In my vie, there's lots wrong with this essay, 
which is an anarchist critique of Che and the 
myth around him published in fifth estate, one of 
the longest running anarchist newspapers in the 
U.S. I post it here because it comes from inside 
our movements and raises issues that are of 
concern to radical groups despite some glaring 
and false historical interpretations that maybe 
I'll get to when I have a few free minutes next year ...

Maybe YOU would like to begin that process of deconstruction?

Mitchel Cohen

From: Peter Werbe <[log in to unmask]>

Isn't an article that quotes Lenin enough to 
disqualify it for serious consideration?

Since Che was an admirer of Stalin, one can only 
assume that had his economics been implemented, 
they would have had the same result of those who 
destroyed the Russian Revolution, ended the 
potential for revolution against capitalism, and 
paved the way for Putin. Here's our article on Che:

MR is the last gasp of an utterly failed 
ideology. Here's my article from our anti-Marx issue.

Other than that. Happy Birthday. And, congrats on your book.


The Myth of Che Guevara

Live Like him?

by <>MLB

Fifth Estate # 
<>397, Winter, 2017

Since the 1960s, Ernesto (Che) Guevara has been 
celebrated in leftist circles, and even among 
some anarchists, as the model of a revolutionary. 
A wide variety of musical and theater 
productions, political posters, T-shirts, 
bumperstickers, as well as advertisements for 
vodka, jeans, laundry soap, and promotions for 
church attendance bear his iconic image and proclaim: “Che, live like him!”

He is presented in innumerable books and articles 
as a shining example of an unrelenting fighter 
for justice and against imperialism and 
capitalism, a brave and determined man who 
rejected both bodily comforts and personal gain, 
who resisted and defied physical limitations and 
chronic health problems, and followed his dreams, 
a source of inspiration for youth everywhere.

But, is this the whole story? Are there other 
things about Che Guevara, how he related to other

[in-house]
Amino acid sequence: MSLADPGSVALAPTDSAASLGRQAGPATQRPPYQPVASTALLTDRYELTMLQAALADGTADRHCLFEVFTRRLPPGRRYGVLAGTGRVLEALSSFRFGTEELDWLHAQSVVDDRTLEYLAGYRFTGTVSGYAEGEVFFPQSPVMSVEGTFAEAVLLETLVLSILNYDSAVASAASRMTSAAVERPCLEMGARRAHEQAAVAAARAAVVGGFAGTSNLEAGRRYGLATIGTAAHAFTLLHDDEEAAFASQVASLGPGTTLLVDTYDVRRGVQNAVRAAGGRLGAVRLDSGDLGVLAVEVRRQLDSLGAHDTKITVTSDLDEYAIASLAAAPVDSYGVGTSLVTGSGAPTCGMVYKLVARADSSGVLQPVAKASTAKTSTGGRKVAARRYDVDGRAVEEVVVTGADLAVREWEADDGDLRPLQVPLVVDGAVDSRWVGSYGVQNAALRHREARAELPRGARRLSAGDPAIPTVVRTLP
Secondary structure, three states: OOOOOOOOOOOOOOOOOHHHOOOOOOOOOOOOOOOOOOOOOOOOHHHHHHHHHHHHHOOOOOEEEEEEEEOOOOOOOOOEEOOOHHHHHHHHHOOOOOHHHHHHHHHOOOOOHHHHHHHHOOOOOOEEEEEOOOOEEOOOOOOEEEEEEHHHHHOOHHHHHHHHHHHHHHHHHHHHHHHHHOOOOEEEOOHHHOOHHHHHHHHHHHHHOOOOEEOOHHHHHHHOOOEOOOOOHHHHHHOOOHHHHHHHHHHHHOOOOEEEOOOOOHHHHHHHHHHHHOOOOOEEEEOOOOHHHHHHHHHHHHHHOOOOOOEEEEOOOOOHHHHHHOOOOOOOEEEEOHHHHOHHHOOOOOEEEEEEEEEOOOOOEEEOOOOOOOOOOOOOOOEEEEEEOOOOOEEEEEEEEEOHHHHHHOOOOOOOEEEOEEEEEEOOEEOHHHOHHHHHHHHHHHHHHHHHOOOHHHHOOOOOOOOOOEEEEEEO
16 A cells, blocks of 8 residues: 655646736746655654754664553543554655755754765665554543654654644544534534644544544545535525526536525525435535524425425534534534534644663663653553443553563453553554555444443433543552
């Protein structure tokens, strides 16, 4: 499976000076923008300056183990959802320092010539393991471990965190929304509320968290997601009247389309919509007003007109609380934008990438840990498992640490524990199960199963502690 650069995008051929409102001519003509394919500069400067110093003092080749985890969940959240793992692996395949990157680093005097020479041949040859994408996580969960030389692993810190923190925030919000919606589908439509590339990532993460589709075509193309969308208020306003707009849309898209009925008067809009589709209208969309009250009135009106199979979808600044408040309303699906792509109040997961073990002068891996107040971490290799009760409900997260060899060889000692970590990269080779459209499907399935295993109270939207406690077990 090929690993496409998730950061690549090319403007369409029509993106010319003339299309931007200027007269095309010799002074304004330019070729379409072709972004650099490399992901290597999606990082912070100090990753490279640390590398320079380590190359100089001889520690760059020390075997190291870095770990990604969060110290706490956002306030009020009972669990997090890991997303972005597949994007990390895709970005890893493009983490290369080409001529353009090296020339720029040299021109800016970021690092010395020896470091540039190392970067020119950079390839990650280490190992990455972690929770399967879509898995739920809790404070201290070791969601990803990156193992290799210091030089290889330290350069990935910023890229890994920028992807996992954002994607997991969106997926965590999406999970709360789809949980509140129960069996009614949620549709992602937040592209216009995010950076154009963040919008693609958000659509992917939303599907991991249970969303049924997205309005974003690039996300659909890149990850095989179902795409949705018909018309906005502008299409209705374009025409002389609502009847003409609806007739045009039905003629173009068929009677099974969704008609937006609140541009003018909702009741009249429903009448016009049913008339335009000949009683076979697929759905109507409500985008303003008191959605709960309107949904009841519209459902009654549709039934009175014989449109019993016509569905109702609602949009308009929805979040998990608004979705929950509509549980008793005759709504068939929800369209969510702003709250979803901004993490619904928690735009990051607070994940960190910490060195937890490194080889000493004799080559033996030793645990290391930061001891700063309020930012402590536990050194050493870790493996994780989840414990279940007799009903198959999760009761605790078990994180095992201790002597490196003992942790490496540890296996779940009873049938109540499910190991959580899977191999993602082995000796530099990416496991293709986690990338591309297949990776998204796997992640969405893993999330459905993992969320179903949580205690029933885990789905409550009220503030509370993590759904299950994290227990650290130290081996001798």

people, and what he was actually fighting for, 
that people should also know? Are there things 
that might not coincide with anarchist aspirations?

Some negative aspects of his personality and 
beliefs can be gleaned even from sympathetic 
sources. For example, in a well researched 
biography lauded by supporters, Che Guevara: A 
Revolutionary Life, Jon Lee Anderson writes that 
Guevara was an ardent Stalinist who admired the 
dictator’s brutal rule in the Soviet Union.

Che was not politically naive and was fully 
cognizant of many of the brutalities that 
appalled others, including the infamous Moscow 
show trials of the 1930s that featured tortured 
Bolsheviks and others as traitors to be 
humiliated and executed, the Nazi-Soviet 1939 
non-aggression pact, the crushing of the 1953 
East German uprising and the 1956 Hungarian revolution.

Anderson also tells us that Guevara was convinced 
that individuals had to be subordinated to the 
collectivity, embodied in the political vanguard 
and the nation-state it developed. In the 1960s, 
he famously declared that “one has to constantly 
think on behalf of masses and not on behalf of 
individuals…It’s criminal to think of individuals 
because the needs of the individual become 
completely weakened in the face of the needs of the human conglomeration.”

Che maintained that the individual “becomes happy 
to feel himself a cog in the wheel, a cog that 
has its own characteristics and is necessary 
though not indispensable, to the production 
process, a conscious cog, a cog that has its own 
motor, and that consciously tries to push itself 
harder and harder to carry to a happy conclusion 
one of the premises of the construction of 
socialism­creating a sufficient quantity of 
consumer goods for the entire population.”

Guevara’s admiration for authoritarian Communist 
principles went well beyond the abstract. He was 
integrally involved in developing and 
consolidating the Cuban vanguard for instructing, 
guiding and controlling the activities of the 
majority of people, both before and after the Castro regime took power.

As part of the July 26 guerrilla force that Fidel 
Castro established in 1956, Guevara 
enthusiastically embraced strict military 
discipline and authoritarian hierarchy. He 
willingly submitted himself and others to this discipline.

Several admiring authors, including Anderson, 
also report that Guevara bullied those below him 
in rank, often publicly expressing harsh 
judgments of them without concern for their 
feelings. Moreover, he had no qualms about